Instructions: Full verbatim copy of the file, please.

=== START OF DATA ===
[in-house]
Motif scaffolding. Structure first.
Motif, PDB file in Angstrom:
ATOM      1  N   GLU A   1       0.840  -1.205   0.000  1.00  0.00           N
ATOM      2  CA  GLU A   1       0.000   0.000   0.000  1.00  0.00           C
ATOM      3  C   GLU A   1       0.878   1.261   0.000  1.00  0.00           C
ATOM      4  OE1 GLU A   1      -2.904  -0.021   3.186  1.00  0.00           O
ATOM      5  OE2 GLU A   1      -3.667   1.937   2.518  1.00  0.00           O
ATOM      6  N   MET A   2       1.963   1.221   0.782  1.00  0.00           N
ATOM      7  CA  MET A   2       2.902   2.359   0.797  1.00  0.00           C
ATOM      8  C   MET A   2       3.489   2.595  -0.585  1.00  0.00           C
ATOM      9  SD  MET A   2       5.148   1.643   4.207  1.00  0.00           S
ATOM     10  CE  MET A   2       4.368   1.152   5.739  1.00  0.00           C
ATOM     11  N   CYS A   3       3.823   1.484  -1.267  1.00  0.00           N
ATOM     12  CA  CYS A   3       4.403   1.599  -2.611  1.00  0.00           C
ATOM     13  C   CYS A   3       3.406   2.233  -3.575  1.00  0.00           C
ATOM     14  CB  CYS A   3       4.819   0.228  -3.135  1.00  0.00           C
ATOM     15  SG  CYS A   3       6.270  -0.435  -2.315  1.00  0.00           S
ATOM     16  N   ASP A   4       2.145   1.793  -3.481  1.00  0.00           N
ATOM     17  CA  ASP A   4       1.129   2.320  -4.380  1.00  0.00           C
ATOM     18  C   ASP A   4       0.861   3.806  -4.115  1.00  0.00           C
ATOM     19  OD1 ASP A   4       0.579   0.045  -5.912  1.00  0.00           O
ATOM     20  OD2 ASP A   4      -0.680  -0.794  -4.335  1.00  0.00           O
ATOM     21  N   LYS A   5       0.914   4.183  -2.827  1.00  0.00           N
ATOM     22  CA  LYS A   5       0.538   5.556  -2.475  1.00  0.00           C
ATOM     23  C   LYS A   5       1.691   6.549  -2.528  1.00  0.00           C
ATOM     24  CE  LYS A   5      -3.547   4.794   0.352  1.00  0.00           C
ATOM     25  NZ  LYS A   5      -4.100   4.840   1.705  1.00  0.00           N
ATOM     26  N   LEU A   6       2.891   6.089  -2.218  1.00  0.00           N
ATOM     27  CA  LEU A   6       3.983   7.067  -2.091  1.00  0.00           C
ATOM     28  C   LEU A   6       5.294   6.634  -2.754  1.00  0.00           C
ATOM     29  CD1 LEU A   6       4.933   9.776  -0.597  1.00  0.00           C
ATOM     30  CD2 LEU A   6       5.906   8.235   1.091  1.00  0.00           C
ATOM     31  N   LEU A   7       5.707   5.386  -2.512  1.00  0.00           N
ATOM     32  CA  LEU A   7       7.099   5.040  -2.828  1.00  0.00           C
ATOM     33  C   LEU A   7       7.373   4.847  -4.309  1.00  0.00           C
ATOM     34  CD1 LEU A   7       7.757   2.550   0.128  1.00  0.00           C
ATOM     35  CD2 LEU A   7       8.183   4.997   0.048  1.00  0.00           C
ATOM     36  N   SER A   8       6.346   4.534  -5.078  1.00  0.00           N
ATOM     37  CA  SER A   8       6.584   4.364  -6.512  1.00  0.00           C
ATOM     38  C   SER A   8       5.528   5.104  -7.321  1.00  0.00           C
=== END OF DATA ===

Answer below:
[in-house]
Motif scaffolding. Structure first.
Motif, PDB file in Angstrom:
ATOM      1  N   GLU A   1       0.840  -1.205   0.000  1.00  0.00           N
ATOM      2  CA  GLU A   1       0.000   0.000   0.000  1.00  0.00           C
ATOM      3  C   GLU A   1       0.878   1.261   0.000  1.00  0.00           C
ATOM      4  OE1 GLU A   1      -2.904  -0.021   3.186  1.00  0.00           O
ATOM      5  OE2 GLU A   1      -3.667   1.937   2.518  1.00  0.00           O
ATOM      6  N   MET A   2       1.963   1.221   0.782  1.00  0.00           N
ATOM      7  CA  MET A   2       2.902   2.359   0.797  1.00  0.00           C
ATOM      8  C   MET A   2       3.489   2.595  -0.585  1.00  0.00           C
ATOM      9  SD  MET A   2       5.148   1.643   4.207  1.00  0.00           S
ATOM     10  CE  MET A   2       4.368   1.152   5.739  1.00  0.00           C
ATOM     11  N   CYS A   3       3.823   1.484  -1.267  1.00  0.00           N
ATOM     12  CA  CYS A   3       4.403   1.599  -2.611  1.00  0.00           C
ATOM     13  C   CYS A   3       3.406   2.233  -3.575  1.00  0.00           C
ATOM     14  CB  CYS A   3       4.819   0.228  -3.135  1.00  0.00           C
ATOM     15  SG  CYS A   3       6.270  -0.435  -2.315  1.00  0.00           S
ATOM     16  N   ASP A   4       2.145   1.793  -3.481  1.00  0.00           N
ATOM     17  CA  ASP A   4       1.129   2.320  -4.380  1.00  0.00           C
ATOM     18  C   ASP A   4       0.861   3.806  -4.115  1.00  0.00           C
ATOM     19  OD1 ASP A   4       0.579   0.045  -5.912  1.00  0.00           O
ATOM     20  OD2 ASP A   4      -0.680  -0.794  -4.335  1.00  0.00           O
ATOM     21  N   LYS A   5       0.914   4.183  -2.827  1.00  0.00           N
ATOM     22  CA  LYS A   5       0.538   5.556  -2.475  1.00  0.00           C
ATOM     23  C   LYS A   5       1.691   6.549  -2.528  1.00  0.00           C
ATOM     24  CE  LYS A   5      -3.547   4.794   0.352  1.00  0.00           C
ATOM     25  NZ  LYS A   5      -4.100   4.840   1.705  1.00  0.00           N
ATOM     26  N   LEU A   6       2.891   6.089  -2.218  1.00  0.00           N
ATOM     27  CA  LEU A   6       3.983   7.067  -2.091  1.00  0.00           C
ATOM     28  C   LEU A   6       5.294   6.634  -2.754  1.00  0.00           C
ATOM     29  CD1 LEU A   6       4.933   9.776  -0.597  1.00  0.00           C
ATOM     30  CD2 LEU A   6       5.906   8.235   1.091  1.00  0.00           C
ATOM     31  N   LEU A   7       5.707   5.386  -2.512  1.00  0.00           N
ATOM     32  CA  LEU A   7       7.099   5.040  -2.828  1.00  0.00           C
ATOM     33  C   LEU A   7       7.373   4.847  -4.309  1.00  0.00           C
ATOM     34  CD1 LEU A   7       7.757   2.550   0.128  1.00  0.00           C
ATOM     35  CD2 LEU A   7       8.183   4.997   0.048  1.00  0.00           C
ATOM     36  N   SER A   8       6.346   4.534  -5.078  1.00  0.00           N
ATOM     37  CA  SER A   8       6.584   4.364  -6.512  1.00  0.00           C
ATOM     38  C   SER A   8       5.528   5.104  -7.321  1.00  0.00           C